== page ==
The research group of the Unmanned Vehicles Robotarium Systems lab is mainly composed of researchers, scientific personnel and graduate (Ph.D. and M.Sc.) students. Since its creation in 2004, the Lab has trained several students working on diverse areas of unmanned vehicle systems. If you would like to know about our past projects and the students that worked on such developments please check our "Former Students" webpage.


The current team members of the lab are listed below ( R&D Fellows: 1  ;  Ph.D.: 9  ;  M.Sc.: 6  ;  B.Sc.: 1 ):

Principal Investigator:

Dr. Alex Ramirez-Serrano, P.Eng.

Professor  /  Mechanical & Manufacturing Engineering  /  Director UVS Robotarium Lab.


Office:  MEB-523

Laboratory (Robotarium):  EEEL-124 & EEEL-125

Curriculum Vitae



  • Post-Doc,  Control & Robotics  -  Argonne National Laboratory  -  U.S.A.  (2002)

  • Ph.D.Mechanical & Industrial Eng  -  University of Toronto (UofT)  -  Canada  (2000)

  • M.Sc.Computer Science - Artificial Intelligence  -  Monterrey Tech (ITESM)  -  Mexico   (1996)

  • M.Sc.Mechanical & Aerospace Eng  -  Illinois Institute of Technology (IIT)  -  U.S.A.  (1993)

  • B.Sc.Mechanical Engineering  -  Univ. Autonoma Metropolitana  (UAM)  -  Mexico  (1992)

Post-doctoral / R&D Fellows:

Jeehae Chae

Project: Design of a 3D-printed life-size humanoid robot torso using biomimicry concepts.

Ph.D. Students

Melina Varguez R.
Student in BIomendical Eng.

Thesis: Bio-engineering humanoid motions.

Develop bio-engineering motion adaptation approaches for humanoids maneuvers.

Marshall Staples
Co-supervisor Dr. Chris Hugenholtz

Thesis: Sniffer drone.

Develop UAV navigation methodologies for the detection of fugitive emissions.

Pablo Segura Parra
Co-supervisor: Dr. Ma. Lobato Calleros Student at the Univ. Iberoamericana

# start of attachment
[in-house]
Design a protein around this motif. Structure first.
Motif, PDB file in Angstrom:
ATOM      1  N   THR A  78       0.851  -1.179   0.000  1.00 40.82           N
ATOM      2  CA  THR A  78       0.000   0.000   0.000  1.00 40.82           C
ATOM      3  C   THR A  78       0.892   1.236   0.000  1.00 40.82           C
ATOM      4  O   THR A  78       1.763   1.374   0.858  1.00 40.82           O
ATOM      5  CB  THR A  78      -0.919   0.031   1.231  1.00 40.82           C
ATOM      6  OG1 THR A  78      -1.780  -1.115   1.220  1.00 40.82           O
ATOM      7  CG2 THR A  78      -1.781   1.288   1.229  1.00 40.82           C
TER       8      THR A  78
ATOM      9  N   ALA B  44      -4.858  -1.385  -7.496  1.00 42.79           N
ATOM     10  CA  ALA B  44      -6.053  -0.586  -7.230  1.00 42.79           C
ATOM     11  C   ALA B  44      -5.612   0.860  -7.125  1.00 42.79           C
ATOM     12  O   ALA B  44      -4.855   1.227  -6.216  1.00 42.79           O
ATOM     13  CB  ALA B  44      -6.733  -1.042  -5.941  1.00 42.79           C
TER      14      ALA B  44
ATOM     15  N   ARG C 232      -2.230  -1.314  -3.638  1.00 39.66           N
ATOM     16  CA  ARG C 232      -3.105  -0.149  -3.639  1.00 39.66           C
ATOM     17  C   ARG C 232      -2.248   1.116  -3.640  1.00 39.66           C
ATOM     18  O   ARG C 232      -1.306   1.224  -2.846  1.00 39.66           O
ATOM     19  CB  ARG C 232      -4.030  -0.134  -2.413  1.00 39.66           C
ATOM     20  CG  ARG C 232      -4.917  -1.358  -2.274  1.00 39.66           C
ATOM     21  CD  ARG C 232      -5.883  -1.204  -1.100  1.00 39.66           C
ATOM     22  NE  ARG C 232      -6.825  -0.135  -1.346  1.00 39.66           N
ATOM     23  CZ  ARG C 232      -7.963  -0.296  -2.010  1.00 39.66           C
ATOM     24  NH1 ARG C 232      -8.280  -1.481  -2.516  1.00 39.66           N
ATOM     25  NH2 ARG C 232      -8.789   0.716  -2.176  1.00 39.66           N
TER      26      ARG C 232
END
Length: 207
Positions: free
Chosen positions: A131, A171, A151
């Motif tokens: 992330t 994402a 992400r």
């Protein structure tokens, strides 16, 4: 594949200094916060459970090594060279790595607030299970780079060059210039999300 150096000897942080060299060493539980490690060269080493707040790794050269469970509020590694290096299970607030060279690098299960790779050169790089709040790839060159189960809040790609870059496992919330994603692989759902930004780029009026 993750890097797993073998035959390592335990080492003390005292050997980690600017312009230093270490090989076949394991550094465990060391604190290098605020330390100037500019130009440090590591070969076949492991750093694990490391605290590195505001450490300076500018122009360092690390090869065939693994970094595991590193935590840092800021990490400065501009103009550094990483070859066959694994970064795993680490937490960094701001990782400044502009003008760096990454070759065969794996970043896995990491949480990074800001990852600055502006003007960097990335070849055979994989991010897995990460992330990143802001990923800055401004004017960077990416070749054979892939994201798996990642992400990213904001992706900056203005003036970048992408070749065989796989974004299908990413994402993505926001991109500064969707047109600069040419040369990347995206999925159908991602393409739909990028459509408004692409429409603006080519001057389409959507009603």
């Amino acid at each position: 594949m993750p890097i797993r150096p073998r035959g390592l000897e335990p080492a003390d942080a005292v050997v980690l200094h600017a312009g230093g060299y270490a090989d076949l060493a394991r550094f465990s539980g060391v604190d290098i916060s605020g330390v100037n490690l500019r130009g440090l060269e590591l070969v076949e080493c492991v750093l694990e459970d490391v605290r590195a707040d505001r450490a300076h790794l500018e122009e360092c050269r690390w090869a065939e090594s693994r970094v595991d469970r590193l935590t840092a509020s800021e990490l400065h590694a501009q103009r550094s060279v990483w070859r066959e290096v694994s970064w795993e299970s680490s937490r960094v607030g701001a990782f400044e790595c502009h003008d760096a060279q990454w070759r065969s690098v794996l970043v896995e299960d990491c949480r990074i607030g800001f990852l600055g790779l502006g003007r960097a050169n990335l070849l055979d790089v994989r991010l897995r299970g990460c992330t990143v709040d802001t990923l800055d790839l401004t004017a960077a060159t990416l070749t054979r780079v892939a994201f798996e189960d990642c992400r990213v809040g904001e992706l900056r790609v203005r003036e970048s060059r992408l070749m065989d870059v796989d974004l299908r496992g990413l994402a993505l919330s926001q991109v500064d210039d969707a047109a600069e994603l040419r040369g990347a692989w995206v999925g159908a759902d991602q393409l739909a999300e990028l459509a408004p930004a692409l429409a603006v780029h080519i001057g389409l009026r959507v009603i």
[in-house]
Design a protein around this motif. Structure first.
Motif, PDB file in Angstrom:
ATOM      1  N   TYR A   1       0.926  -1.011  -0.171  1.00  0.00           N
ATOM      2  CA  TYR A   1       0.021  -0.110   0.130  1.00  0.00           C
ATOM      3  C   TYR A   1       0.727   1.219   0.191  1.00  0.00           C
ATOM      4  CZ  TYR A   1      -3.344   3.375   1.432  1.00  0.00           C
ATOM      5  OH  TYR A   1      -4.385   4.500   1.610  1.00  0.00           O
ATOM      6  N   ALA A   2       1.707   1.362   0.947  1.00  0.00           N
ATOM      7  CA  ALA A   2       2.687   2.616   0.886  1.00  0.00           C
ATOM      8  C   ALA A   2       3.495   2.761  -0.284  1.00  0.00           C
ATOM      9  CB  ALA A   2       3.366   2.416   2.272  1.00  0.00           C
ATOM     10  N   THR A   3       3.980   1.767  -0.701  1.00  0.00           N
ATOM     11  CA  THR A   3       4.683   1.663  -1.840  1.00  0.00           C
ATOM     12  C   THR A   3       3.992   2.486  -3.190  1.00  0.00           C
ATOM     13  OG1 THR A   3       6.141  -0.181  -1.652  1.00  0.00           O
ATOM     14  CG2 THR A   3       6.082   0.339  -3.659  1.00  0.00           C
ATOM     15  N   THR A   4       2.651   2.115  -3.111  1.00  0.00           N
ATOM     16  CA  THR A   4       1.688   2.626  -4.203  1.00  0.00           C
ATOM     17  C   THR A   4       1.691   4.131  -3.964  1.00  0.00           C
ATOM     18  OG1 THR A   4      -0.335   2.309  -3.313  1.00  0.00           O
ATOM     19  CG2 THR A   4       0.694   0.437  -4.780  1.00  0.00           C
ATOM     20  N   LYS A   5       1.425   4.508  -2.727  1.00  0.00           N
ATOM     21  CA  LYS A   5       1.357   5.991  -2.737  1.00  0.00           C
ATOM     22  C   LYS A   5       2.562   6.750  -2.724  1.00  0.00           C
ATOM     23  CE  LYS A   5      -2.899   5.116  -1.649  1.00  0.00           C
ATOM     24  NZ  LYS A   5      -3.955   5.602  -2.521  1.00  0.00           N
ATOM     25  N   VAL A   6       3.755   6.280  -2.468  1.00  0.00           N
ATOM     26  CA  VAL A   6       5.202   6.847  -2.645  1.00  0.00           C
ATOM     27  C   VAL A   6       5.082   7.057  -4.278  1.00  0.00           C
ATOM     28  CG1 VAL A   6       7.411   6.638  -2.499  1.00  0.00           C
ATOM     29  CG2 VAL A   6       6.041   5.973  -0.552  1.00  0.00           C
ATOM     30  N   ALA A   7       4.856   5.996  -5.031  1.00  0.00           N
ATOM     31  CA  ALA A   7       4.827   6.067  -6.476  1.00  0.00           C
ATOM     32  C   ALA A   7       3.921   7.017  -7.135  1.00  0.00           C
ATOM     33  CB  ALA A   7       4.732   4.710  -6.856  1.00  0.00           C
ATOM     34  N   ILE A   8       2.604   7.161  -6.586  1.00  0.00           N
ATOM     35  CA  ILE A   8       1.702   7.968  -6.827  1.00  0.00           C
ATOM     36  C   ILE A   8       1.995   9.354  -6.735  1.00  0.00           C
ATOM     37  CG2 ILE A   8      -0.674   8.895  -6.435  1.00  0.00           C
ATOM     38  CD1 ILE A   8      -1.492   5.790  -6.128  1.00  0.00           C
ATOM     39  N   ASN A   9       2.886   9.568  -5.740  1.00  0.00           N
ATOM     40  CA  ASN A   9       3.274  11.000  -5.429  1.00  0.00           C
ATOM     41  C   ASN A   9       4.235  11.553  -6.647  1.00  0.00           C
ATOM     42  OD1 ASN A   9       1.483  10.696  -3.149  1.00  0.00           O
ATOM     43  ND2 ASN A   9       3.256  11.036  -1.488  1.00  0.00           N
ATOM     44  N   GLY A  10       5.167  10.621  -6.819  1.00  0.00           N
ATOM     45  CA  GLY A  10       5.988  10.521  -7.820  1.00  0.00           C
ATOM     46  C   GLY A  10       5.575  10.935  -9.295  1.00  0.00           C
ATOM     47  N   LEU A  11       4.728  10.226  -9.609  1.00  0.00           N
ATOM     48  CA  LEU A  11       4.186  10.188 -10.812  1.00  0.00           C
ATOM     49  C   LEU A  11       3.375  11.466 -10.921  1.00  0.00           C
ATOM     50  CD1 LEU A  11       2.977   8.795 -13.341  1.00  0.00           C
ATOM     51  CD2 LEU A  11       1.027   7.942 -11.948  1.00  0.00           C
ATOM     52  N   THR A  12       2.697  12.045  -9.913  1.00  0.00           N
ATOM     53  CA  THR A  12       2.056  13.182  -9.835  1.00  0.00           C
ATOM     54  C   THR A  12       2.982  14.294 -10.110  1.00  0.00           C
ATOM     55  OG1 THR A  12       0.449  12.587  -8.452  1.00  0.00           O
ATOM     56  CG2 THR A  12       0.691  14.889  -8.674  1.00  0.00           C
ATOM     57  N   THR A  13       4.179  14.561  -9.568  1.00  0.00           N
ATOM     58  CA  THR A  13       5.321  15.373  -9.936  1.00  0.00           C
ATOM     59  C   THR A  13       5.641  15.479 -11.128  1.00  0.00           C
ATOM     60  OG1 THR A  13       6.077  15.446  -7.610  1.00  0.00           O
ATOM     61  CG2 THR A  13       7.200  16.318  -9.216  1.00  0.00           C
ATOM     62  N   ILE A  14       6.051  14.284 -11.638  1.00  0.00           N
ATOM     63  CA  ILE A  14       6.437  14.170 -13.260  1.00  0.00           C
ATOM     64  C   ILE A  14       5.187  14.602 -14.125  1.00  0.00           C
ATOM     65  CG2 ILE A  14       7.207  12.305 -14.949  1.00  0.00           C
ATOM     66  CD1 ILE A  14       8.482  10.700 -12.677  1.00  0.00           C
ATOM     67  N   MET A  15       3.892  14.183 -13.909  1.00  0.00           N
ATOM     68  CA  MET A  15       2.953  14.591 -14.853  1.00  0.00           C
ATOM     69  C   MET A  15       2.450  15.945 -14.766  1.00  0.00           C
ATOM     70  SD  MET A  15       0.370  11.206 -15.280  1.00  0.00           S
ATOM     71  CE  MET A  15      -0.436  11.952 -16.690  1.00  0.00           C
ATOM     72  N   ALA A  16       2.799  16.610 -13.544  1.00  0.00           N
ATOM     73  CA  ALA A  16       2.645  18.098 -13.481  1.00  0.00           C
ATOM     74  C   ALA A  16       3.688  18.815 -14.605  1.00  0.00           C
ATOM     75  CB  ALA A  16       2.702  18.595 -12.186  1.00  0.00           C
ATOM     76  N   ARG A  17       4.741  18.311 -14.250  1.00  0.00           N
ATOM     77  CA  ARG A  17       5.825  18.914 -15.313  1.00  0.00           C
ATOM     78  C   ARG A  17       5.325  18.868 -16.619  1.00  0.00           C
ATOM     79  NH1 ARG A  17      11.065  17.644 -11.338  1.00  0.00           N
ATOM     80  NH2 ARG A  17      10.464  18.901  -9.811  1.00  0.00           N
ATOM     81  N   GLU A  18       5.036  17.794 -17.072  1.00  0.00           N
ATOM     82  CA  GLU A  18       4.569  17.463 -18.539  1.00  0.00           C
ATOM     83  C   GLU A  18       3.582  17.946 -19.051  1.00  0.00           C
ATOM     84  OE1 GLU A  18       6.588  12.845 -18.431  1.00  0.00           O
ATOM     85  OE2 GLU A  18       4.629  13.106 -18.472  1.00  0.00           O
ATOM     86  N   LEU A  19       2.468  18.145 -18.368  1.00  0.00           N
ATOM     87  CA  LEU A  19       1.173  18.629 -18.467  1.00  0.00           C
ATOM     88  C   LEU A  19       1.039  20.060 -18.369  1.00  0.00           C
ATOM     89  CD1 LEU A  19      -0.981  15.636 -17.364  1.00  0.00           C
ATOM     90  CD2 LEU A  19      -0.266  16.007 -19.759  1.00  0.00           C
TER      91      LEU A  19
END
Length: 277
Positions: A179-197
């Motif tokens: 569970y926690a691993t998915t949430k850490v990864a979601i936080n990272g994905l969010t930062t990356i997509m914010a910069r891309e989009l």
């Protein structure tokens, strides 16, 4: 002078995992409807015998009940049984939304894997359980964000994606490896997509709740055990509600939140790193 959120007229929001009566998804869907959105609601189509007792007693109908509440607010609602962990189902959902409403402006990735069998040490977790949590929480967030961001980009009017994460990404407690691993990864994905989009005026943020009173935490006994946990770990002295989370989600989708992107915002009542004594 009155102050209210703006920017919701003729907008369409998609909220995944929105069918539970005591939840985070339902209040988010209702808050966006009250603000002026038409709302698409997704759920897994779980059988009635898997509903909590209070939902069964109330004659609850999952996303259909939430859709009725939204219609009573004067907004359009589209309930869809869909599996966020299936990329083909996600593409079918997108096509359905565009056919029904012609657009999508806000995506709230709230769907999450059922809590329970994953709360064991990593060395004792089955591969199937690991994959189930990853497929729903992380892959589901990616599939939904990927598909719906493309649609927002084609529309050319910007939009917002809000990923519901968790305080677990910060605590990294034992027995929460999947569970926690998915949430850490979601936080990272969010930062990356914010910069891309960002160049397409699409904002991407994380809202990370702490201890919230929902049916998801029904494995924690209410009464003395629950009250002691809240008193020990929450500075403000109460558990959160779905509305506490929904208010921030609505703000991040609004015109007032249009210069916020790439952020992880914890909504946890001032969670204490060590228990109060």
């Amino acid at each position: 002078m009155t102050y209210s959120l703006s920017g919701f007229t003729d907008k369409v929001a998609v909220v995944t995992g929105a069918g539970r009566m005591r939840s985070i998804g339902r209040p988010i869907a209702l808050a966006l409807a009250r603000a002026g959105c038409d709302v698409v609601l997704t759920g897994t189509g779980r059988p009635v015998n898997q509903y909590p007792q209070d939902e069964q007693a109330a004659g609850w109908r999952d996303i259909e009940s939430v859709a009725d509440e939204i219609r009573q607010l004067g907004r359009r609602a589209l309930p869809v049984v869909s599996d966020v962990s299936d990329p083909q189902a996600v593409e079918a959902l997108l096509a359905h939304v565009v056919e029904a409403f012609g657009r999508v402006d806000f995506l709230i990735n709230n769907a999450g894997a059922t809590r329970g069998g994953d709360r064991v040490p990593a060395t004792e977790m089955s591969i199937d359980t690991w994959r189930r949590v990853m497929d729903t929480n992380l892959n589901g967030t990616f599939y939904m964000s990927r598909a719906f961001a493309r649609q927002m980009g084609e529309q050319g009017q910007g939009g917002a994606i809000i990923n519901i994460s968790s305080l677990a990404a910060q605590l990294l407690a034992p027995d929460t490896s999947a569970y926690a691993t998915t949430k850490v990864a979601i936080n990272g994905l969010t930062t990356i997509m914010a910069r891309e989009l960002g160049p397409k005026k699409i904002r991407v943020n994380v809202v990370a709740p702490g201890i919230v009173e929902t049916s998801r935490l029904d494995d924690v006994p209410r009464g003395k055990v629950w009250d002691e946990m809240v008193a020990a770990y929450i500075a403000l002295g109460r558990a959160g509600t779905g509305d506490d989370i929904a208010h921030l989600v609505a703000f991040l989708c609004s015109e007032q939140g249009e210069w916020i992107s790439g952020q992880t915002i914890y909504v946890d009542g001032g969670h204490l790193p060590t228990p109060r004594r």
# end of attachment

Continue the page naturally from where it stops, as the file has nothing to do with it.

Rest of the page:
Thesis: Human-robot interaction (HRI) study.

Study & development of HRI interaction mechanisms for industrial applications.

Maryam Taherinezhad

Thesis: Multi-sensor navigation of UVS.

Multi-sensor maneuvering control of acrobatic UAVs in GPS-denied confined environments.

Sherif M. Hassan
Student in the Dept. of Elect. Eng.

Thesis: Navigation of autonomous vehicles.

Integrated guidance, navigation, and control of a highly-maneuverable transitional UAVs.

Ahmed G. Habashi
Student in the Dept. of Elect. Eng.

Thesis: Control of stabilized landing platform.

Development of stabilized landing platforms for highly maneuverable UAVs.

Martins O. Efemuai

Thesis: UAV deployment for the railway industry.

Deployment of UAVs in the Railway industry for mitigating the risk of maintenance crew.

Amir Gholami

Thesis: Multi-contact control of legged robots.

Control of acrobatic biped & quadruped robots operating in unstructured spaces.

Hossein Keshavarz

Thesis: Perceptive whole-body planning.

Whole-body planning for multi-legged robots in 3D confined unstructured confined spaces.

M.Sc. Students

Rodrigo Garza

Thesis: Reinforcement learning for humanoids.

Acrobatic manuevers of humanoid robots via deep reinforcement learning control.

Parastoo Dastangoo

Thesis: Multi-contact humanoid control.

Develop multi-contact control systems to enable humanoids operate in confined spaces.

Saquib Khalid

Thesis: Course-based student working on automation systems.

Benjamin Dalman
Co-supervise with Dr. C. Johansen

Thesis: Supersonic UAV Aerodynamics.

Development of a supersonic UAV design (flight analysis and aircraft geometry).

Benjamin J. Durante
Co-supervisor Dr. Craig Johansen

Thesis: Control of a supersonic UAV.

Development of a control architecture for small scale (1-2 wingspan) supersonic UAVs.

Andrea Rossolini
Co-supervisor: Dr. A. Asperti
Student at the Univ. of Bologna

Thesis: Artificial Intelligence for legged robots.

Reinforcement learning for multi-legged robots navigation in unstructured 3D confined spaces.

B.Sc. Students

Kshitij Anand

Project: Design of a Transitional UAV.

CAD analysis/design and control of a highly maneuverable transitional UAV.

Nothing is impossible !"

We aim to develop technologies to ensure that unmanned vehicles can deal with unexpected situations (changes, errors, etc.) or tasks that challenge their sensing, modeling, planning, adaptation, or movement envelopes.

We are working to realize fully autonomous robots with effective human-robot interaction capabilities. 

Dr. Alex Ramirez-Serrano

Director of the Unmanned Vehicles Robotarium laboratory

© 2018 by Dr. Alex Ramirez-Serrano